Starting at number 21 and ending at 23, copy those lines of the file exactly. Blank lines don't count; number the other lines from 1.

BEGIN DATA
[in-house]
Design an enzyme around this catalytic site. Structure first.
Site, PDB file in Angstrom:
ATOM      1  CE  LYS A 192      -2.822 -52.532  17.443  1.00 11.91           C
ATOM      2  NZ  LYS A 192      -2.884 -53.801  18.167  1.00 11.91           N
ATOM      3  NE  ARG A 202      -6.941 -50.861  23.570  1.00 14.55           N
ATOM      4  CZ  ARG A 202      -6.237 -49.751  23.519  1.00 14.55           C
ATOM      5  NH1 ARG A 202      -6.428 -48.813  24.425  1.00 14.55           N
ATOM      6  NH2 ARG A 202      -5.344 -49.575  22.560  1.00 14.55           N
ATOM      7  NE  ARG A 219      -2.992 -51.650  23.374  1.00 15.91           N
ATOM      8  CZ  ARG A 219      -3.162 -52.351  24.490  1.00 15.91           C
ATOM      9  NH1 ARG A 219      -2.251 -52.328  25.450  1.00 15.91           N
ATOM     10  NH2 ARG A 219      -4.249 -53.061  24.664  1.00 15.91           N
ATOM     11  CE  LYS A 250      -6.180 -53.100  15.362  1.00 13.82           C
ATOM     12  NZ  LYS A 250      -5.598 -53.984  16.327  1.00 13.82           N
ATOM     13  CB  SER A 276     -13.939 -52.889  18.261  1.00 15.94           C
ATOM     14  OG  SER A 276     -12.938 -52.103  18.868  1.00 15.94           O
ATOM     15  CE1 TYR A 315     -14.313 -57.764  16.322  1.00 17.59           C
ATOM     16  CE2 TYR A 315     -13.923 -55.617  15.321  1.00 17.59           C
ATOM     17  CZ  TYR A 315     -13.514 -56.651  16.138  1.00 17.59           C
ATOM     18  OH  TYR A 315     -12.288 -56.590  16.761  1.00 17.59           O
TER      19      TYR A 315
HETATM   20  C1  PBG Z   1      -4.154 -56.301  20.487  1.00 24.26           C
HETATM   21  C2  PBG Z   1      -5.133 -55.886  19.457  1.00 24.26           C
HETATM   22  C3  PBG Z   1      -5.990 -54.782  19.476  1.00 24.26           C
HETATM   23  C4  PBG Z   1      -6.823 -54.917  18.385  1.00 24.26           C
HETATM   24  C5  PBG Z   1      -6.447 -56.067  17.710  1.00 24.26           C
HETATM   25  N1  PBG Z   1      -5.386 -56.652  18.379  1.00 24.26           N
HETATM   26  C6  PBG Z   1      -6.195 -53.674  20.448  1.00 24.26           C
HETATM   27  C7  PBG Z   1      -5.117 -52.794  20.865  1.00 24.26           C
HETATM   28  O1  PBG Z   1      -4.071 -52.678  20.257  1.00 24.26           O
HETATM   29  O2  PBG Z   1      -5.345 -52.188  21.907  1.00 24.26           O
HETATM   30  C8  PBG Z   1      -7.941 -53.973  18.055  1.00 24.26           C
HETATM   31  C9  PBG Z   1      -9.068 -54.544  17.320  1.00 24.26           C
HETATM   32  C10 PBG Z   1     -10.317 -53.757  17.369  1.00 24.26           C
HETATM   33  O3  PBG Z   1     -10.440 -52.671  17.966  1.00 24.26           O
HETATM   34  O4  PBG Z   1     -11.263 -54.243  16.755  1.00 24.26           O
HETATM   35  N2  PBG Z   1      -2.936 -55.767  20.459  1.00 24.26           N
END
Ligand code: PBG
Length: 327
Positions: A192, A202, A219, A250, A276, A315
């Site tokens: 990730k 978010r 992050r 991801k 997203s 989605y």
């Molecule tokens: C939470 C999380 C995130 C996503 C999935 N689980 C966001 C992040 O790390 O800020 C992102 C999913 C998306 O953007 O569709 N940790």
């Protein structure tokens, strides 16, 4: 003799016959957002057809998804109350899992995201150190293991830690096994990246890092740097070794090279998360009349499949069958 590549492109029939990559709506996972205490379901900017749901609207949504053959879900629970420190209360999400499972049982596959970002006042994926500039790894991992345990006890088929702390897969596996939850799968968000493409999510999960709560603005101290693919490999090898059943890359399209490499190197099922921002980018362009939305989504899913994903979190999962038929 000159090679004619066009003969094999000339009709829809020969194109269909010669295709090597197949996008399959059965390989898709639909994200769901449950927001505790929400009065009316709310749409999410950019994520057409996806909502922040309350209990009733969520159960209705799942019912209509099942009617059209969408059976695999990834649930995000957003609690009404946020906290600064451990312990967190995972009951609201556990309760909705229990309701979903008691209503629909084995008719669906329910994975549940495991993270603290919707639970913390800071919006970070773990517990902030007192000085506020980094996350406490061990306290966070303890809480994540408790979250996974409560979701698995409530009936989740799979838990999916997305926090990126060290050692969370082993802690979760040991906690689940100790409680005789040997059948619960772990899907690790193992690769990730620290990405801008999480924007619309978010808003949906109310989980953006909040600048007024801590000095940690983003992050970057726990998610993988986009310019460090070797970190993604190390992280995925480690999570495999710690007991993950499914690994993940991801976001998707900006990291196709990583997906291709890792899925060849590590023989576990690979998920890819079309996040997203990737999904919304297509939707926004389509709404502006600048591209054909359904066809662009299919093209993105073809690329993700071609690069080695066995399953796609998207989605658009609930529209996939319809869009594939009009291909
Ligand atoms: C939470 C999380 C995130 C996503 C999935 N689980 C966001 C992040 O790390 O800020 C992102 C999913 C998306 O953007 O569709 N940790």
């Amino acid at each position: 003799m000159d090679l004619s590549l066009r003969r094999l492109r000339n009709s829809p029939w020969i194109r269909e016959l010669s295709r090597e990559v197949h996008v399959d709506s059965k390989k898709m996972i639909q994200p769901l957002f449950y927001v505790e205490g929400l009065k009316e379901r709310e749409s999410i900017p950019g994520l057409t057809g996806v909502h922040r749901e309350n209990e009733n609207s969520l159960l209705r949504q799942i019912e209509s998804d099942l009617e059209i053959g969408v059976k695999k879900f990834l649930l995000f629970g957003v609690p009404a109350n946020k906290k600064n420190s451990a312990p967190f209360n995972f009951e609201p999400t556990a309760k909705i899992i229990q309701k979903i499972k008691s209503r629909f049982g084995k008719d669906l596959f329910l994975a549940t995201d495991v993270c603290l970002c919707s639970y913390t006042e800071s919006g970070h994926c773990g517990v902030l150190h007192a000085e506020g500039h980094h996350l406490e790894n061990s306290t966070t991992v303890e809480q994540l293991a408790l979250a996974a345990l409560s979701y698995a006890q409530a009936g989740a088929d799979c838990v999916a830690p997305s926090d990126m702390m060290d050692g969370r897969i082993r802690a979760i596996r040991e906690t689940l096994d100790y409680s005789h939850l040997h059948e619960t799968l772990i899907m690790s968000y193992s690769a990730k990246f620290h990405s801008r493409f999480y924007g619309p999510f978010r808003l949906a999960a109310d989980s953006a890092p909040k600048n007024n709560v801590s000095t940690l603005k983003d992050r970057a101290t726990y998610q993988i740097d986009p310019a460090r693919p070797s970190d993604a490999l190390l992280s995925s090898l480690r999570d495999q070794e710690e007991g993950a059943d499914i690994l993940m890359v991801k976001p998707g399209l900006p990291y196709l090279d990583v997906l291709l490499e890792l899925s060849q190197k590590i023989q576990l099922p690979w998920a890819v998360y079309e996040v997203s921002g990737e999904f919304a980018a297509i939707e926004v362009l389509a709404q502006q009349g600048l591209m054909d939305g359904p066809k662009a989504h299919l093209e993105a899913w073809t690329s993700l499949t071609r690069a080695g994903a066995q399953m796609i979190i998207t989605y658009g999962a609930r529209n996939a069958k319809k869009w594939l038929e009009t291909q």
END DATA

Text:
ATOM     18  OH  TYR A 315     -12.288 -56.590  16.761  1.00 17.59           O
TER      19      TYR A 315
HETATM   20  C1  PBG Z   1      -4.154 -56.301  20.487  1.00 24.26           C